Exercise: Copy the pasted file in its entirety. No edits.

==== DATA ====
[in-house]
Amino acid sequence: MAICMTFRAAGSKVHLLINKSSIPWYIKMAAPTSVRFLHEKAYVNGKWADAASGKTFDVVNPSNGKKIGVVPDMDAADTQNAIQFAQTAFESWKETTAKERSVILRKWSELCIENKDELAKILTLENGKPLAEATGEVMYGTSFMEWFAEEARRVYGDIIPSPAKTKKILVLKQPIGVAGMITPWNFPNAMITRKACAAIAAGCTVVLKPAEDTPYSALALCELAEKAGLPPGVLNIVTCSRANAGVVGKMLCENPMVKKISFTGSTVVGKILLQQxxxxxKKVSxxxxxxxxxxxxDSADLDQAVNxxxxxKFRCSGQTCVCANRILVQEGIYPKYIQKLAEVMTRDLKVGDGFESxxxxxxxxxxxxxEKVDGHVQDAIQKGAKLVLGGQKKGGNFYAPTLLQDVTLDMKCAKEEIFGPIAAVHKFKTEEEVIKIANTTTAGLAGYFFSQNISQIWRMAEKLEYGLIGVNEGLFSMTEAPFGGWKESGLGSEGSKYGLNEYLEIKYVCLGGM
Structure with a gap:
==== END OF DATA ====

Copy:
[in-house]
Amino acid sequence: MAICMTFRAAGSKVHLLINKSSIPWYIKMAAPTSVRFLHEKAYVNGKWADAASGKTFDVVNPSNGKKIGVVPDMDAADTQNAIQFAQTAFESWKETTAKERSVILRKWSELCIENKDELAKILTLENGKPLAEATGEVMYGTSFMEWFAEEARRVYGDIIPSPAKTKKILVLKQPIGVAGMITPWNFPNAMITRKACAAIAAGCTVVLKPAEDTPYSALALCELAEKAGLPPGVLNIVTCSRANAGVVGKMLCENPMVKKISFTGSTVVGKILLQQxxxxxKKVSxxxxxxxxxxxxDSADLDQAVNxxxxxKFRCSGQTCVCANRILVQEGIYPKYIQKLAEVMTRDLKVGDGFESxxxxxxxxxxxxxEKVDGHVQDAIQKGAKLVLGGQKKGGNFYAPTLLQDVTLDMKCAKEEIFGPIAAVHKFKTEEEVIKIANTTTAGLAGYFFSQNISQIWRMAEKLEYGLIGVNEGLFSMTEAPFGGWKESGLGSEGSKYGLNEYLEIKYVCLGGM
Structure with a gap: